By now, the other little children had come to greet the 2 girls and they were running around in a pack. The rest of the afternoon passed and as I walked with the various little children to another building (there are multiple buildings in the compound), I was surprised to see Mariel and Elena. While I knew they were there on Saturday, they had not planned to stay overnight. However, the older girls had begged them to do so and I found them all watching a movie on Mariel’s laptop. I was happy to see them and really happy that we would now have Elena as a translator.
After dinner with the older girls and Sor M&M, I was asked to come see a special Powerpoint presentation that Mariel had helped the girls prepare for me. Each of the slides had a picture of one of the children followed by their age, birth date, favorite hobby or sports team and their dreams for the future. Each child read their own bio out loud and it was sweet to see who would read shyly and who didn’t. I really enjoyed it and told them all I was very proud of them. I then asked them to prepare one for me for my next visit that included how they planned to make their dreams come true.
That night, after the children had gone to bed, I sat in the other room writing in my journal. Sor M&M joined me and we had a conversation using my little yellow Spanish-English book when we got stuck on a word. Since Sor M&M has no English and my Spanish is limited, this was quite often. I asked about her family and her health and felt that our conversation was between two friends that were getting to know each other a little better. She then talked about her vocation and her belief in God, or El Senor as they refer to God, and how she was always searching for answers. I told her that I found my answers to God in helping the children. She smiled at that.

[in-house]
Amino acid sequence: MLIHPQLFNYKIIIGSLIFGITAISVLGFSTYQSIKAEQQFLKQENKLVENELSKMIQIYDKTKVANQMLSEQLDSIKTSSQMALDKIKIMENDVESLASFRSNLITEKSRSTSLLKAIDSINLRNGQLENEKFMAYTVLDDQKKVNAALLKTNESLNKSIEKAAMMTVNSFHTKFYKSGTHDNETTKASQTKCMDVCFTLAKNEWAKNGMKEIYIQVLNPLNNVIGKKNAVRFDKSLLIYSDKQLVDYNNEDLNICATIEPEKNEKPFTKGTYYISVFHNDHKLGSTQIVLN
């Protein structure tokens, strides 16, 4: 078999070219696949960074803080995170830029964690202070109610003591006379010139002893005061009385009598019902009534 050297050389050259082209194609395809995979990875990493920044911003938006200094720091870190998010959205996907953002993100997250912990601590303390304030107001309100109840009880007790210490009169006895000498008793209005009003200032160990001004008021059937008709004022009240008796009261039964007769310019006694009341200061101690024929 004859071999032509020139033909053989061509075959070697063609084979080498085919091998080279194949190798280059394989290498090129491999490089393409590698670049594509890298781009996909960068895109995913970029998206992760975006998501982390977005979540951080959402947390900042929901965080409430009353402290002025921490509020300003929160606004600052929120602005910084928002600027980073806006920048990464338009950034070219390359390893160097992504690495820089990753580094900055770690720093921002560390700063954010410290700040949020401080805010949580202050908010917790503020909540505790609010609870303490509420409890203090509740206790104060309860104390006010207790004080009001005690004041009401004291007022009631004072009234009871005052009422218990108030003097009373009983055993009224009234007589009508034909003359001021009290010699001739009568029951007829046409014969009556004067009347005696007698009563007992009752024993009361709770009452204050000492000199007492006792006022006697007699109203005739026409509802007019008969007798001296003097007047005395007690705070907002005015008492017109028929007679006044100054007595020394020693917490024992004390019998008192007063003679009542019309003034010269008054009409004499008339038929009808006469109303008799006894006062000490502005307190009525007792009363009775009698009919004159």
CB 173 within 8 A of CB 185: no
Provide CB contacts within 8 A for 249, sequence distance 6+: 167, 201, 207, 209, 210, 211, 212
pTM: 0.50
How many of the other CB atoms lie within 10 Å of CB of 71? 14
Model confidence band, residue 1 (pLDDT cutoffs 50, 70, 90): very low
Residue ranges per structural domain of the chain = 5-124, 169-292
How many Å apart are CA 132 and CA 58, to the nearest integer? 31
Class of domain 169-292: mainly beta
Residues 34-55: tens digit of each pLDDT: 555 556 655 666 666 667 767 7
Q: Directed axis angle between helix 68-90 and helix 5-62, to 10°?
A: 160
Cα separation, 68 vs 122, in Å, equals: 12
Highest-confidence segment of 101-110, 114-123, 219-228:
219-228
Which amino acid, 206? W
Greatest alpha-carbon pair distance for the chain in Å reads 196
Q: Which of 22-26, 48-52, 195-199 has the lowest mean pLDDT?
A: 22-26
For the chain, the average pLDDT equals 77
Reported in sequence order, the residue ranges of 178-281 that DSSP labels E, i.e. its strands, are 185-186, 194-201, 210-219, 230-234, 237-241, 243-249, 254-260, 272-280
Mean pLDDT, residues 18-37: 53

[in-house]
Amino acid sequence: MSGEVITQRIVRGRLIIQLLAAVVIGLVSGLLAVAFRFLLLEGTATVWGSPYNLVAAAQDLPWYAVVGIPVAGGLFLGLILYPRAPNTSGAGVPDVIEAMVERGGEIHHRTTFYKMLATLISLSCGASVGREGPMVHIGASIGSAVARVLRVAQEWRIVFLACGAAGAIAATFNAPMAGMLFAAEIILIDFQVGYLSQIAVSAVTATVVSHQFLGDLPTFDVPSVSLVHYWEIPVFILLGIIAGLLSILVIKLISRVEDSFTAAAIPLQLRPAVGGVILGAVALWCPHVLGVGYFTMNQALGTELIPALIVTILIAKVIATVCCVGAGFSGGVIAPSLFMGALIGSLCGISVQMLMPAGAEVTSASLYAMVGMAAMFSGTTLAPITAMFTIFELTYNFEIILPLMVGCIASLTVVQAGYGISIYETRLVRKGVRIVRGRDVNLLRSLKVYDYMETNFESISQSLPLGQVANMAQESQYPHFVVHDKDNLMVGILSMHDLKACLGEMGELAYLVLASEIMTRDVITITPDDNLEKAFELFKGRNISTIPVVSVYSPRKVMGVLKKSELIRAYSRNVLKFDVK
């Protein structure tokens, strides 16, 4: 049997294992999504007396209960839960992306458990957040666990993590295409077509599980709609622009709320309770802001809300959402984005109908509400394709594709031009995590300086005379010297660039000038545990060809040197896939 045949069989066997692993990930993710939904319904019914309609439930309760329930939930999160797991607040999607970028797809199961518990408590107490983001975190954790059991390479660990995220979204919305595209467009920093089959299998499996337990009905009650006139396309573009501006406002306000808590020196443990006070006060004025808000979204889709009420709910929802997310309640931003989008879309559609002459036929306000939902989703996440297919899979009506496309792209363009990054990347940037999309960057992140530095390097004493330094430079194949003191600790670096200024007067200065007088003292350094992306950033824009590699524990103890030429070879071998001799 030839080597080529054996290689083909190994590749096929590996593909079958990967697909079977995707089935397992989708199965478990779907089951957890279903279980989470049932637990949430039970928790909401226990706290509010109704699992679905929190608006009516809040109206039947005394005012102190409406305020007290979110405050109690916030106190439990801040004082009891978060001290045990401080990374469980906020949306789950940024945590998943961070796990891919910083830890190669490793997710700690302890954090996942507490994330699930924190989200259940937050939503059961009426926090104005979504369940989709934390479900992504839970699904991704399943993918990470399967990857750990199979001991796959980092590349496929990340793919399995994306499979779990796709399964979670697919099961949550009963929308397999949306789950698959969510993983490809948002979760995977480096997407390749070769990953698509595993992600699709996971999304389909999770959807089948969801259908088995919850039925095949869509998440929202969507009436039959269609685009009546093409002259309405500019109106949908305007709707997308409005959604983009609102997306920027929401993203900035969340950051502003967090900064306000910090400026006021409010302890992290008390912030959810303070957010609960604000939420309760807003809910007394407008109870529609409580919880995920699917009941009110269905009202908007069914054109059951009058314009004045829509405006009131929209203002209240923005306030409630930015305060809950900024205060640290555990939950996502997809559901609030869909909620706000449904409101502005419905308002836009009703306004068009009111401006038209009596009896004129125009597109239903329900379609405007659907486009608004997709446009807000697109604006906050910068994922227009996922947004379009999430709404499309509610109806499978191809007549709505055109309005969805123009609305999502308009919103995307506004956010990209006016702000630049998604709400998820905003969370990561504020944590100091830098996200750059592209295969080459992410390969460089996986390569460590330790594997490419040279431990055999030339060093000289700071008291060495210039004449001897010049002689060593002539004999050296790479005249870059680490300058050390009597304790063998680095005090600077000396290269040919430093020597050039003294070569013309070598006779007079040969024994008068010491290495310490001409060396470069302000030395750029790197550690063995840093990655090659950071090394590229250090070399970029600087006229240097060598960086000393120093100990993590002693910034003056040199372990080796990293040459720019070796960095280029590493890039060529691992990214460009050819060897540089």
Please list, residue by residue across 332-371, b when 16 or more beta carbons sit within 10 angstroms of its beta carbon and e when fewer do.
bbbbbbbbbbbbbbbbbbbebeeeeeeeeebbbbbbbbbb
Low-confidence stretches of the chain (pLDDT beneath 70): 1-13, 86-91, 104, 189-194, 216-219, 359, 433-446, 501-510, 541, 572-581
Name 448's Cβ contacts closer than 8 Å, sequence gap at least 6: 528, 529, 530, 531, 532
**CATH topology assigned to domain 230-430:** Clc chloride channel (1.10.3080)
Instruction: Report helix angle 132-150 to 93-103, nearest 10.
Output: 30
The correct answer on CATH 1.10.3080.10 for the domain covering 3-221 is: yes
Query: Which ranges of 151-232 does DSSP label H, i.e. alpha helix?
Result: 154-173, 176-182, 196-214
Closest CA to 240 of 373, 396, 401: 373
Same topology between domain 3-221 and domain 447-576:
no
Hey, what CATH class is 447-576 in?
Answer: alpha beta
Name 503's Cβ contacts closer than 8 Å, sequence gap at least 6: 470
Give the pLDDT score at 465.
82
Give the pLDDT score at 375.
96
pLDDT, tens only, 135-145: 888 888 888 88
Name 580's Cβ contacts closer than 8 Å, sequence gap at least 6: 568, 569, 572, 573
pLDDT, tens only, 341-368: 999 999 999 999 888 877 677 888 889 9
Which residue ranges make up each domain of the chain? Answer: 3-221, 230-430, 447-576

Allison had settled in for bed although she had asked me numerous times when she was going back to Juan Pablo. I told her “No se”, or I don’t know, which wasn’t true but we had decided to hold off on telling her the full story for a little while longer. So we lay in the small bunk – wow, was this thing hard! – and I waited for her to fall asleep. Once she did, she tossed and turned only a little but a few times, she rolled right into me and bonked me in the head. Little children sleep the same way all over the world.